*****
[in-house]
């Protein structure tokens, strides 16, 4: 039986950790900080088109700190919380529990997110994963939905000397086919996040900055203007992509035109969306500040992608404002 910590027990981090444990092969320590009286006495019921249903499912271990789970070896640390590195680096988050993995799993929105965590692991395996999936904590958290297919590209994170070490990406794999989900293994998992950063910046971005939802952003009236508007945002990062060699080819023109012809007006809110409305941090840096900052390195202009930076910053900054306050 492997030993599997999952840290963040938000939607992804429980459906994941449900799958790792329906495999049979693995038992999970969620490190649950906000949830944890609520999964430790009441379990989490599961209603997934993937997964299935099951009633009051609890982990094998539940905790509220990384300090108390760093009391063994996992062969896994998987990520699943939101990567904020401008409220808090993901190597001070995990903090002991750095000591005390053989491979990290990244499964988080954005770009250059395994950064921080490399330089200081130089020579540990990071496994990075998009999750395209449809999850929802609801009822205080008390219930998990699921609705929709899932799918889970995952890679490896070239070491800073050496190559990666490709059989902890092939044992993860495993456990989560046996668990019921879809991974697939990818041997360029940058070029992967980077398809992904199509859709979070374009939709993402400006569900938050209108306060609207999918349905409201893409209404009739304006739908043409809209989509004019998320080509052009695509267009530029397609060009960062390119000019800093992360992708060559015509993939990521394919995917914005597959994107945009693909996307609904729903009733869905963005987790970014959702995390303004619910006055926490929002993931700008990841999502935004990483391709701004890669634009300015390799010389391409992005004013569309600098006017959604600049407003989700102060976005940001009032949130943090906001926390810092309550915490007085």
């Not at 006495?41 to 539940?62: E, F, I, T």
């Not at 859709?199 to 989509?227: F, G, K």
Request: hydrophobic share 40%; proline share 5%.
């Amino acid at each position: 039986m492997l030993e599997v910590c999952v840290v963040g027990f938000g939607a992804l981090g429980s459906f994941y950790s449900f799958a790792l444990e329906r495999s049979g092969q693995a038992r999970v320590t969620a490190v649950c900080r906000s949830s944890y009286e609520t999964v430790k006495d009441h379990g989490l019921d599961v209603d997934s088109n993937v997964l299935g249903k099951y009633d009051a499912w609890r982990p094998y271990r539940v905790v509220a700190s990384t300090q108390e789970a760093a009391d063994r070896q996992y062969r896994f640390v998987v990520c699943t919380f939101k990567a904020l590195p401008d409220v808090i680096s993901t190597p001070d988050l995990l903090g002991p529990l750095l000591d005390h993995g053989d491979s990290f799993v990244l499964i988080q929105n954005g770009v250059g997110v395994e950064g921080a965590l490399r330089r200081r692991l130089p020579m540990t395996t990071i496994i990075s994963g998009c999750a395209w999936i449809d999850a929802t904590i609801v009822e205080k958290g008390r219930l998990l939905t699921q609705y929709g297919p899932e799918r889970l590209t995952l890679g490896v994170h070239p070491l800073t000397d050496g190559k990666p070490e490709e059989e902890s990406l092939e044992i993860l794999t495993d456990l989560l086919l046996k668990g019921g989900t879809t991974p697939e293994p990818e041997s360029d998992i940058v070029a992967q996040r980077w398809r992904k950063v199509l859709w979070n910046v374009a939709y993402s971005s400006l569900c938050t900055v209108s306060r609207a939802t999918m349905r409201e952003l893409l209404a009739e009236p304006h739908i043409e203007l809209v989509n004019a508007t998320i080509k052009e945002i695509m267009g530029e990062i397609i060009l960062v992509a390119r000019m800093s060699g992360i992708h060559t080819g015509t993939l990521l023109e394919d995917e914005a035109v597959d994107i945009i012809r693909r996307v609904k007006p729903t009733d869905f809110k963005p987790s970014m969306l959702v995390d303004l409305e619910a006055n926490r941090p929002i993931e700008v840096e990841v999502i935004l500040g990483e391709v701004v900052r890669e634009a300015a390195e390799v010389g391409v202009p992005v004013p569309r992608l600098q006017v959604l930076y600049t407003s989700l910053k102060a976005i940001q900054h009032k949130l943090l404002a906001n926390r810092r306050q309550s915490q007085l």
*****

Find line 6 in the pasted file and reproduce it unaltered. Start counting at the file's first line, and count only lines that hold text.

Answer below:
């Amino acid at each position: 039986m492997l030993e599997v910590c999952v840290v963040g027990f938000g939607a992804l981090g429980s459906f994941y950790s449900f799958a790792l444990e329906r495999s049979g092969q693995a038992r999970v320590t969620a490190v649950c900080r906000s949830s944890y009286e609520t999964v430790k006495d009441h379990g989490l019921d599961v209603d997934s088109n993937v997964l299935g249903k099951y009633d009051a499912w609890r982990p094998y271990r539940v905790v509220a700190s990384t300090q108390e789970a760093a009391d063994r070896q996992y062969r896994f640390v998987v990520c699943t919380f939101k990567a904020l590195p401008d409220v808090i680096s993901t190597p001070d988050l995990l903090g002991p529990l750095l000591d005390h993995g053989d491979s990290f799993v990244l499964i988080q929105n954005g770009v250059g997110v395994e950064g921080a965590l490399r330089r200081r692991l130089p020579m540990t395996t990071i496994i990075s994963g998009c999750a395209w999936i449809d999850a929802t904590i609801v009822e205080k958290g008390r219930l998990l939905t699921q609705y929709g297919p899932e799918r889970l590209t995952l890679g490896v994170h070239p070491l800073t000397d050496g190559k990666p070490e490709e059989e902890s990406l092939e044992i993860l794999t495993d456990l989560l086919l046996k668990g019921g989900t879809t991974p697939e293994p990818e041997s360029d998992i940058v070029a992967q996040r980077w398809r992904k950063v199509l859709w979070n910046v374009a939709y993402s971005s400006l569900c938050t900055v209108s306060r609207a939802t999918m349905r409201e952003l893409l209404a009739e009236p304006h739908i043409e203007l809209v989509n004019a508007t998320i080509k052009e945002i695509m267009g530029e990062i397609i060009l960062v992509a390119r000019m800093s060699g992360i992708h060559t080819g015509t993939l990521l023109e394919d995917e914005a035109v597959d994107i945009i012809r693909r996307v609904k007006p729903t009733d869905f809110k963005p987790s970014m969306l959702v995390d303004l409305e619910a006055n926490r941090p929002i993931e700008v840096e990841v999502i935004l500040g990483e391709v701004v900052r890669e634009a300015a390195e390799v010389g391409v202009p992005v004013p569309r992608l600098q006017v959604l930076y600049t407003s989700l910053k102060a976005i940001q900054h009032k949130l943090l404002a906001n926390r810092r306050q309550s915490q007085l």